The median household income, which includes worker’s wages, welfare, investment income from all the people living there is about $85k. So half of households earn more, and half earn less.
      The average is quite a bit higher, because there aren’t households on zero or negative incomes, but there are households on $1m+ incomes. So when you see averages quite high, it is because of this.

      Next is the average wages/salary. The average full time wages are a little higher that median household income. What? Yes, because full time workers earn more than pensioners, households on welfare and people in low paid or part time work.
      So when you see average wages at $88k or similar, it is the full time worker, and again, it includes those people with $1m+ incomes.
      The median worker is more like $65k, with an equal number or full time workers earning less, and more, because it includes part timers.

      The last confusion is disposable income. This ABS statistic is useful to compare changes over time, but it excludes tax, and some other inclusions and exclusions.

      So basically, make sure you are comparing apples to apples, and most newspaper articles don’t make it clear what they are reporting, because most journalists don’t understand it either.

    • +28

      Lucky to be on centrelink but you'd settle for 100k after tax? Lol

      • +1

        yes and according to his logic that would put him in the top 0.001% of the globe.

      • +4

        jesus christ didn't she drink, smoke or even do drugs? what sort of a life is that? /jk

    • +20

      student on centrelink here. I get $11960 a year from centrelink.

      Spoiler- its not comfortable

      • -1

        Can’t even afford drugs, how can that be any fun.

        • +5

          He just spins around for 2 minutes and gets his mate to punch him out

      • +6

        Pretty damn good for not having to work

      • +1

        Better than nothing. Cant complain.

      • -1

        Don't students have part time jobs these days?

      • +17

        I spent five years on Youth Allowance with a part-time job (near minimum wage, 16-20 hours per week) and no financial support from family. With that income I was able to:

        • put a roof over my head in various share houses, usually located in or close to the trendy parts of town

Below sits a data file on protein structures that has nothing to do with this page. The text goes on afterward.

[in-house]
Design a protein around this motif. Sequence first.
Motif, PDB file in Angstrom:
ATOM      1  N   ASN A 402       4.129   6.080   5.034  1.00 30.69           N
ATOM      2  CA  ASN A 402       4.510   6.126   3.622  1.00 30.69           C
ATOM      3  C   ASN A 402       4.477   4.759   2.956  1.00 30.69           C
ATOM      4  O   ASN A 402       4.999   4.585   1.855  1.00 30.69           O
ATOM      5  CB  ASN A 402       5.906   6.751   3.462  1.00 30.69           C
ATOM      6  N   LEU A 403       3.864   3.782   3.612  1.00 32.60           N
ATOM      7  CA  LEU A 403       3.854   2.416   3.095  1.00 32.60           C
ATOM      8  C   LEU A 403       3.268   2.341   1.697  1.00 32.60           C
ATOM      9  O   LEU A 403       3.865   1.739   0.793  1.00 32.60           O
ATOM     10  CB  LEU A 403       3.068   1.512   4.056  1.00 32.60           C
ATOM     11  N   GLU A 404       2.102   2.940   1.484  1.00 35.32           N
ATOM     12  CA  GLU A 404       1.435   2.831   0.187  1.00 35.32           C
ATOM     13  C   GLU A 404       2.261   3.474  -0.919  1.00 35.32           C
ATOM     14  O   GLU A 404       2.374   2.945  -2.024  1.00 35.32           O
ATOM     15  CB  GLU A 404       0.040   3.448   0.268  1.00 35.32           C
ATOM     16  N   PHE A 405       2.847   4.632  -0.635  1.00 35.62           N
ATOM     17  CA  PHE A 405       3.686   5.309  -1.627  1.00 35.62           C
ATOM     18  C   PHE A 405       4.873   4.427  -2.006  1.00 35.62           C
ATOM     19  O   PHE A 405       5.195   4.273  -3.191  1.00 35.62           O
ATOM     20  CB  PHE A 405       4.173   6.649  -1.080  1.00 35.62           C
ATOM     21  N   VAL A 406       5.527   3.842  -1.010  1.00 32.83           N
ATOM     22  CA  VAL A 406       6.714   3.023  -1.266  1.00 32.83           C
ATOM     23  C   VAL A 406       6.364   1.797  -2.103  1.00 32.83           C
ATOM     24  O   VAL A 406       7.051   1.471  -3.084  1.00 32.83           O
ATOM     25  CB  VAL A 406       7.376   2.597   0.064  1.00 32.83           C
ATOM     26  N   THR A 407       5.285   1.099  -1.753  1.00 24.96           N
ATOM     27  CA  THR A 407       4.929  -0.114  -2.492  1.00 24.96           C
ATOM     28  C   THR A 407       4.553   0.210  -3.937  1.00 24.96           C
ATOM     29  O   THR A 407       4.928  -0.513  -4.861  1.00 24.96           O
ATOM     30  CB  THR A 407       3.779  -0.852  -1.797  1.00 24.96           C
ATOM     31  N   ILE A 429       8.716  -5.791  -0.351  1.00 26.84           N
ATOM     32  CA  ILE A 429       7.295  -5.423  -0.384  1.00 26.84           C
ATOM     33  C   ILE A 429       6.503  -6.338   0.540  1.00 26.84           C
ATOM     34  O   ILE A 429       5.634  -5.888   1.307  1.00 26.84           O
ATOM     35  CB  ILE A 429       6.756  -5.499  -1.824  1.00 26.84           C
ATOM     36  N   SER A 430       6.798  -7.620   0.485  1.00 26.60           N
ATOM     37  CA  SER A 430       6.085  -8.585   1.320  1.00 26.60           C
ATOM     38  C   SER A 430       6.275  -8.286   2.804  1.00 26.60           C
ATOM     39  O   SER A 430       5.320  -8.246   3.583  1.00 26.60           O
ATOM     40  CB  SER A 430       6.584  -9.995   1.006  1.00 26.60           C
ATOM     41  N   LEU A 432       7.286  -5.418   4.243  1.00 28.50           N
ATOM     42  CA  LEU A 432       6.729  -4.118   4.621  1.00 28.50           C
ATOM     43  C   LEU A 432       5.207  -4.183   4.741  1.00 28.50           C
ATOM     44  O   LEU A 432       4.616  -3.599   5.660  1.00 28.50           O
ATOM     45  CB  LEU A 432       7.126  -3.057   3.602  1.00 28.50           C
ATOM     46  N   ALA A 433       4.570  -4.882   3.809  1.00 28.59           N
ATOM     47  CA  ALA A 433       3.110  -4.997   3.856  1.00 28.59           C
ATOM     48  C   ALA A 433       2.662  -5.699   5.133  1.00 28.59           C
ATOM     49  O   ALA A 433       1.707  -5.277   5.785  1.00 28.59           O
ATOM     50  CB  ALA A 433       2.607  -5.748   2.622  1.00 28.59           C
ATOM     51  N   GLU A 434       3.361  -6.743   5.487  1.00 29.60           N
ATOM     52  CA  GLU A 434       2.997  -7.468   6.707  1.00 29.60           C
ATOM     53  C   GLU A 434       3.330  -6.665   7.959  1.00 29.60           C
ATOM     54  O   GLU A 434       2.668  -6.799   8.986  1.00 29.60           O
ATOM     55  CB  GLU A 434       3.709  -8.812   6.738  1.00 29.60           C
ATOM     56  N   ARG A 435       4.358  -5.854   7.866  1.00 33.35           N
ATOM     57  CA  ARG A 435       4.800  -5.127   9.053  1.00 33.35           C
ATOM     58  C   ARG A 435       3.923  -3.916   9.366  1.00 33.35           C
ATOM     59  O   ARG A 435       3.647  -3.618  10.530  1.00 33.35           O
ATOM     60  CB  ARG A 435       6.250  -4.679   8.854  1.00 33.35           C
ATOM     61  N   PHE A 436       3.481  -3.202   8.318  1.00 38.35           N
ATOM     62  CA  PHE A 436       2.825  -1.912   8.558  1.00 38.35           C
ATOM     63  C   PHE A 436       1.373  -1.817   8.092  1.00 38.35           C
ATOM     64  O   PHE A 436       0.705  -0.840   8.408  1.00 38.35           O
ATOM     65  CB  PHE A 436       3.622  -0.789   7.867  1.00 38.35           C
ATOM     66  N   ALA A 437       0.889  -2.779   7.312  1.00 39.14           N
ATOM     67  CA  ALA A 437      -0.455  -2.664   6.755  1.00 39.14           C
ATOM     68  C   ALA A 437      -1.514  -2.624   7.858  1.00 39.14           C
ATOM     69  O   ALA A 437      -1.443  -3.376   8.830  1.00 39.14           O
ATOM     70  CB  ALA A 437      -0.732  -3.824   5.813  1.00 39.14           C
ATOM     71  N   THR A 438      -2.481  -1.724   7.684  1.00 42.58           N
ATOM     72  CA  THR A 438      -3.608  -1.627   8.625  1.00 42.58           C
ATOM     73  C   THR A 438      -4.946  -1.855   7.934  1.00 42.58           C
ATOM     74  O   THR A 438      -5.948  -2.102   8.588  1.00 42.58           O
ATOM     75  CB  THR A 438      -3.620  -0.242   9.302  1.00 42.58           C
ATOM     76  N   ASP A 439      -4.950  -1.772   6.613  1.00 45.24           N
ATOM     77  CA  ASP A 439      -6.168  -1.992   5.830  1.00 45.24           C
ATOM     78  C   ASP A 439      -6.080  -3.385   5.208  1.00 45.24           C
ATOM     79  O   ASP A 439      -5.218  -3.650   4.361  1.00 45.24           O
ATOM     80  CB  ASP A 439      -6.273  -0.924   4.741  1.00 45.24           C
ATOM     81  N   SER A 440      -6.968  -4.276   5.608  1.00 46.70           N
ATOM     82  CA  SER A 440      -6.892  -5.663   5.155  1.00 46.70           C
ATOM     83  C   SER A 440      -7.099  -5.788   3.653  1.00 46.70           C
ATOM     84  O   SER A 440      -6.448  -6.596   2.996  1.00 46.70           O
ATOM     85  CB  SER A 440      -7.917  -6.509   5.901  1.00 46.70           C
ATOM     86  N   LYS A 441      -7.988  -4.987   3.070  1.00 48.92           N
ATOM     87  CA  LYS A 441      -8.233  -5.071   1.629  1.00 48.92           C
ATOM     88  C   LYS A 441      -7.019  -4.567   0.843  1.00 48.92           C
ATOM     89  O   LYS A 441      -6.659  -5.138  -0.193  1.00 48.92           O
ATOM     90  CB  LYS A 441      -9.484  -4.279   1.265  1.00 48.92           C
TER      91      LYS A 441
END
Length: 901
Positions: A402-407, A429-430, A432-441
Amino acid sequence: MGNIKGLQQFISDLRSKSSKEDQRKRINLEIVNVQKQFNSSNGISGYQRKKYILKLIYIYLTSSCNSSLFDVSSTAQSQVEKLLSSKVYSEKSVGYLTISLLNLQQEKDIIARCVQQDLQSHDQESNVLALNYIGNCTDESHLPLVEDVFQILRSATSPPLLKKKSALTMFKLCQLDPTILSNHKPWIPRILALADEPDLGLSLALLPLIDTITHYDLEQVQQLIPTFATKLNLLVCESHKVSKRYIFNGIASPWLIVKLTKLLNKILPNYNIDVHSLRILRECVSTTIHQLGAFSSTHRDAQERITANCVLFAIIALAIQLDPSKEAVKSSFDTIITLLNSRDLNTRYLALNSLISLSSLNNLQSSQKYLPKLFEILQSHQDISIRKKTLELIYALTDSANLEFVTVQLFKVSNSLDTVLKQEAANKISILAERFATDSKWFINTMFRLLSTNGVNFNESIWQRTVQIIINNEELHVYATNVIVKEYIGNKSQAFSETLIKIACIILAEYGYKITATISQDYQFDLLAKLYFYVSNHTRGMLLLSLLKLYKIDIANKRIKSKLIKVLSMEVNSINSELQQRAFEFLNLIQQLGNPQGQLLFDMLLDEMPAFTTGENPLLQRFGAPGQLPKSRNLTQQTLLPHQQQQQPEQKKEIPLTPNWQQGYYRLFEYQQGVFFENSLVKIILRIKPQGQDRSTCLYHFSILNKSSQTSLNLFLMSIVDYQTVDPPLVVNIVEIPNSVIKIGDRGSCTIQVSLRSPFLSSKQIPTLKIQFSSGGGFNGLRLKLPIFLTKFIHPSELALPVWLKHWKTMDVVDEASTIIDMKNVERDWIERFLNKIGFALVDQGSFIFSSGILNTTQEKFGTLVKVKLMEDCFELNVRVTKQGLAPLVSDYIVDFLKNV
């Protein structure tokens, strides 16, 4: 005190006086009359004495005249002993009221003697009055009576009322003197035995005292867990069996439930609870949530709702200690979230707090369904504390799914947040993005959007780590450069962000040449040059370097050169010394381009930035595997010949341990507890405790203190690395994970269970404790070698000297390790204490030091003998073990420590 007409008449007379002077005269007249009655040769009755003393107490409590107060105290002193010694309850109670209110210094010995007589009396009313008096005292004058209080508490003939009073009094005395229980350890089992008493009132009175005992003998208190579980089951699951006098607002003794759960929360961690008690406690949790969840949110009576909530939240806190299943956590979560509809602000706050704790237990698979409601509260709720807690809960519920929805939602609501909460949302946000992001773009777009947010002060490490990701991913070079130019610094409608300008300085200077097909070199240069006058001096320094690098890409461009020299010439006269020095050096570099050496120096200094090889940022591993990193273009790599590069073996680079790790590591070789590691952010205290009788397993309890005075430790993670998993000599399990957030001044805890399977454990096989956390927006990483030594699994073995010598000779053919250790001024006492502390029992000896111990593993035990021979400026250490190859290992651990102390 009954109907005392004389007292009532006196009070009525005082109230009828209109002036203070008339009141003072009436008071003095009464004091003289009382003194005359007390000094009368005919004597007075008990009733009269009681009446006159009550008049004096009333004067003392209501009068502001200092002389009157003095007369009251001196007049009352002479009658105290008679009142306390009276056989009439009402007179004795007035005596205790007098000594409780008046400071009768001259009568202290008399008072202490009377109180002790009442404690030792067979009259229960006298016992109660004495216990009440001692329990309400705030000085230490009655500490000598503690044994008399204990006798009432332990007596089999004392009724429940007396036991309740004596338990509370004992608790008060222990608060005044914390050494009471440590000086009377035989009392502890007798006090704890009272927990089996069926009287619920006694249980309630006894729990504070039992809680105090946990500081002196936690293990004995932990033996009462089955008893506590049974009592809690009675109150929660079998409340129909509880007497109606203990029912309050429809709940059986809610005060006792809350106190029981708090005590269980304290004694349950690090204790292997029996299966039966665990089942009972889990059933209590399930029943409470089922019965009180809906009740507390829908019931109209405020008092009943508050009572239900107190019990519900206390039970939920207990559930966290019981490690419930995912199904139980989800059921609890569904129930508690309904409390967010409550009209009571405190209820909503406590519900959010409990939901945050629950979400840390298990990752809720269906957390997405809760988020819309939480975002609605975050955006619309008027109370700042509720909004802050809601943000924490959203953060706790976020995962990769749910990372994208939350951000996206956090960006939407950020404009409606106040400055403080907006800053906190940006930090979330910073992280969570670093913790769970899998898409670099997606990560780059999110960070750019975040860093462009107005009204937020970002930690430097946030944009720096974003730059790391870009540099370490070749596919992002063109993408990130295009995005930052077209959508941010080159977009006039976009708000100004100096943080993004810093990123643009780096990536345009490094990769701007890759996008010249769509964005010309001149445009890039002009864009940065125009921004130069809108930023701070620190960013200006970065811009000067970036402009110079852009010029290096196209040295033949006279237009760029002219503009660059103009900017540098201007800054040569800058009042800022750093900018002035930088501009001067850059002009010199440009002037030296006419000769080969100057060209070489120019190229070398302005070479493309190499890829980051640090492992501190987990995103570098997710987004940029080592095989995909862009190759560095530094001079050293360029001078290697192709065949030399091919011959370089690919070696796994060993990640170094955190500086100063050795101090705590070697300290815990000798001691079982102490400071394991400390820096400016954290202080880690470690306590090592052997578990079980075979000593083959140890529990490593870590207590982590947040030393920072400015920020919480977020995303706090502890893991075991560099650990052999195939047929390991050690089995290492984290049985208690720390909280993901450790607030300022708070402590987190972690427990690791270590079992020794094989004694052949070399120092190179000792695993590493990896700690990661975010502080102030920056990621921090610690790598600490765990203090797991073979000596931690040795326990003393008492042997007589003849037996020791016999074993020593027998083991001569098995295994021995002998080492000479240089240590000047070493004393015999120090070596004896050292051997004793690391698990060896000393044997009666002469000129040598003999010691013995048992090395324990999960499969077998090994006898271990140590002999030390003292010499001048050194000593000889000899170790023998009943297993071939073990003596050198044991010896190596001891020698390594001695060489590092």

• run and insure a 250cc motorbike + concession Myki for public transport
        • have an active social life (on the beers every second or third weekend, going out for coffee, house parties etc)
        • acquire fairly decent / new appliances, including a 4K smart TV, PS4 Pro and budget gaming PC (thanks Ozbargain!) plus a bit of basic furniture (usually second hand or cheap IKEA stuff)
        • have a tiny amount of savings ($4-5K) for emergencies
        • fly home to Tassie at least once a year, sometimes twice
        • go on three overseas trips (one to Japan, two to Thailand).

        Spoiler: it was pretty comfortable, even if it didn't always feel that way at the time. I'm now working full time on a decent salary (>$100K p/a) and I miss the freedom and fun I had at uni. Enjoy it while it lasts!

        • +2

          On the beers every second or third weekend isn't what I would call and active social life, it's rather restrained IMO for someone at uni

          • +2

            @Jackson: If you're literally living off welfare payments then you need to temper your expectations of what "social life" entails. It's just not conducive to hitting the bags six nights a week. There are plenty of other things you can do that are social that cost you little to no money - they just don't involve alcohol.

        • -5

          live the dream I miss them days too. I was sitting in the office one day think is this it. Why cut spent up save invested in the stock market and a few houses now back to basic lifestyle work went I want 3 days a week bit of event work. I go to movies have few beers out on weekend go cheap local meals own near a new car 2018. I go overseas pre covid 3 times a year eup I been 10 times one for uni for a year. Japan I have been 3 times. 60 plus cruise ship cheap cruise ship. if want some I get it. I own my own home.

          • @nikey2k27: Sounds like you make your own drugs too.

          • +3

            @nikey2k27: Negged because you worked out a way to increase your font size (along with being incoherent)

      • you must work as well

        • no problem working just not been a slave to your job.

  • -2


  • +5

    Really depends on your expected lifestyle and attitude towards money. My parents came from a working class background and their outlook on what constitute a "reasonably well" standard of living is drastically different to what myself and my siblings would consider a comfortable lifestyle.

    • If only more people understood this point. I see and hear of people still bludging off their parents when they go on e.g an overseas trip every year and swap their vehicle over every 2 or 3 years, and their parents haven't been on a trip or bought a car in 15 years. It can be a chellenge to get people to spend money on themselves though when they have been tight arsing it for years and come from a different time

  • -1

    aaahhh - need a little more context here.


    From what I can read you have stated, you note this does NOT include the 'nice to have' - bags, travel etc.

    So just living, by way of rent/mortgage, food, utilities, etc…

    A major variation on this would be location.